Sometimes a device gets even better when it loses a few frills, especially if it becomes even more affordable in the bargain. The Roku 3 stood as our Editors’ Choice media hub because of its low price, huge selection of online services and channels, an intuitive menu system, and the option to listen to what you’re watching through a headphone jack on the remote control. The Roku 2 keeps all of these handy features and still supports full 1080p HD. It only loses the motion-sensing remote control for games and an Ethernet port, neither of which are must-have features. And at $79.99 (direct) it’s $20 less expensive, making it our new Editors’ Choice.
Almost physically identical to the Roku 3, the Roku 3 is a small, square, black plastic puck measuring 3.7 inches on each side and standing 1.2 inches tall. It weighs just 3.5 ounces, so particularly heavy HDMI cables can potentially throw the little player off-balance and lift it up. It has no buttons and only one indicator light on the front. The back panel only holds HDMI and composite outputs and the power connector. The lower price tag and composite video output come at the cost of an Ethernet connector; you need to use the Roku 2′s integrated dual-band (802.11a/b/g/n) Wi-Fi to take it online.
The remote is also similar, though it lacks the motion controls and video game support of the Roku 3′s remote. That means you’ll have to turn to another electronic device to play Angry Birds. It’s a small, slightly curved wand with a prominent direction pad, standard playback and menu navigation buttons, and dedicated service buttons for Netflix, M-GO, Hulu Plus, and Blockbuster. It connects to the Roku 2 via Wi-Fi Direct rather than infrared, so you don’t need to point it directly at the box.
The left side of the remote features a 3.5mm jack for headphones , which was one of the most welcome new features on the Roku 3. (Volume control is on the right.) You get a cheap-sounding pair of earbuds in the box, but you can use any pair of headphones with a standard 3.5mm connector. Plugging in the headphones automatically mutes the HDTV audio, which enables private listening. It’s a useful feature we’ve not seen elsewhere.
You can also control the box with the Roku app for Android and iOS. It turns your smartphone or tablet into a remote control, and lets you stream local media to the Roku 2. This is a nice alternative to the Apple TV and AirPlay, especially if you have an Android smartphone.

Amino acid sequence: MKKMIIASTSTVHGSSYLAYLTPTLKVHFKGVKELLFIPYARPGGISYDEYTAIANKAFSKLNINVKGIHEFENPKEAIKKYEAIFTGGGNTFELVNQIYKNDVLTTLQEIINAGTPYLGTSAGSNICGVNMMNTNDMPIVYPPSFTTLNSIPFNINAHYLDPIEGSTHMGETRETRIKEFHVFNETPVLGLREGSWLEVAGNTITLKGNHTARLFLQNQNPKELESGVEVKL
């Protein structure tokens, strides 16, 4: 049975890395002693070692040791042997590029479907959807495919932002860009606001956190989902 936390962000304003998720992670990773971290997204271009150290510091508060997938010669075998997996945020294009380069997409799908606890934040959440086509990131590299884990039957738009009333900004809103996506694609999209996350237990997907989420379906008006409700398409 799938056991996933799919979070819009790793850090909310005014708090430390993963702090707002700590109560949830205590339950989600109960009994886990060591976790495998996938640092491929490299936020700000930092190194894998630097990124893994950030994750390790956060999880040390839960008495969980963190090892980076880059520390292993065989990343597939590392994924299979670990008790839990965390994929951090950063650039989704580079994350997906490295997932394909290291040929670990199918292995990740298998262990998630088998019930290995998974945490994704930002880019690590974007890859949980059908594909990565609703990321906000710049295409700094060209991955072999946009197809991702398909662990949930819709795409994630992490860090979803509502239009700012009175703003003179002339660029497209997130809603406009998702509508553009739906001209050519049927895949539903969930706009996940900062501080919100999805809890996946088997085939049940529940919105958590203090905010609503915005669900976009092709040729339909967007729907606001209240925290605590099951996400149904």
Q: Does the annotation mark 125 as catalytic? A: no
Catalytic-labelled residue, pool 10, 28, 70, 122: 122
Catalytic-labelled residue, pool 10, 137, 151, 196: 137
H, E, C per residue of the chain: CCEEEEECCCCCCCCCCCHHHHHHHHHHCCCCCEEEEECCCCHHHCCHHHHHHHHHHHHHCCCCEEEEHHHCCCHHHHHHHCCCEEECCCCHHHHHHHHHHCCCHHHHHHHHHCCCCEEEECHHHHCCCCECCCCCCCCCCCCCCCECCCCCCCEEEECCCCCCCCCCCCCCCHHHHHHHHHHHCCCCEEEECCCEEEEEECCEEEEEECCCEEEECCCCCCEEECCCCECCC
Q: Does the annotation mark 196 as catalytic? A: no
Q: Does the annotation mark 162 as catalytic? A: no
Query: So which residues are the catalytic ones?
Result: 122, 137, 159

Like the Roku 3, the Roku 2 currently uses a panel- and tile-based layout that displays information on the screen in a much more dense, but accessible way than previous Roku menu systems. It’s a simple, functional interface that shows more than a dozen icons for channels, movies, and shows at once. It’s easy to set up, with a few on-screen prompts to configure the Roku 2′s Wi-Fi and a short code to enter on Roku’s website to sync it with your Roku account and manage your channels.
Roku’s Channel Store offers more than 1,000 free and for-pay online services and apps, including the aforementioned Netflix, Hulu Plus, and Blockbuster streaming services (each with their own dedicated button on the remote). There are hundreds more services available, including on-demand options for major television networks, news portals, sports portals, and more targeted services like CrunchyRoll (Anime) and Midnight Pulp (horror and exploitation films).
The extremely useful Search function polls Netflix, Hulu Plus, Amazon Video-on-Demand, Vudu, and several other services, listing the various ways the movie you want to watch is available. However, the main menu focuses mostly on M-GO, a Vudu-like on-demand service that integrates into the Movies and TV Shows sections in the Roku 2′s main menu. Fortunately, those are the only places where M-GO is forced upon your attention. Expect to spend much, much more time in the Search and Channel menus than the M-GO-heavy, curated Movies and TV Shows menus.
If you want a simple way to watch Netflix, Hulu Plus, and other online services on your HDTV, the Roku 2 is the most affordable and functional one out there. It’s $20 less than the Roku 3, and the few things you lose stepping down to the Roku 2 are worth parting with for the price break. For $80 it brings together all of your most commonly used online media services, lets you search for your favorite movies and shows through many of them, and offers an impressive selection of more than 1,000 specialized and general interest content channels on top of that. This slightly more affordable, streamlined media hub unseats the Roku 3 as our Editors’ Choice with its lower price tag and equally as compelling feature set. If you really want to save money and only want to watch Netflix, YouTube, and a handful of other services, the Google Chromecast can be had for $35. You’ll have to give up the tons of channels and support for streaming media from your smartphone or tablet, though.
|Online Content Services||Roku Channel Store|
Copyright © 2012 Ziff Davis, Inc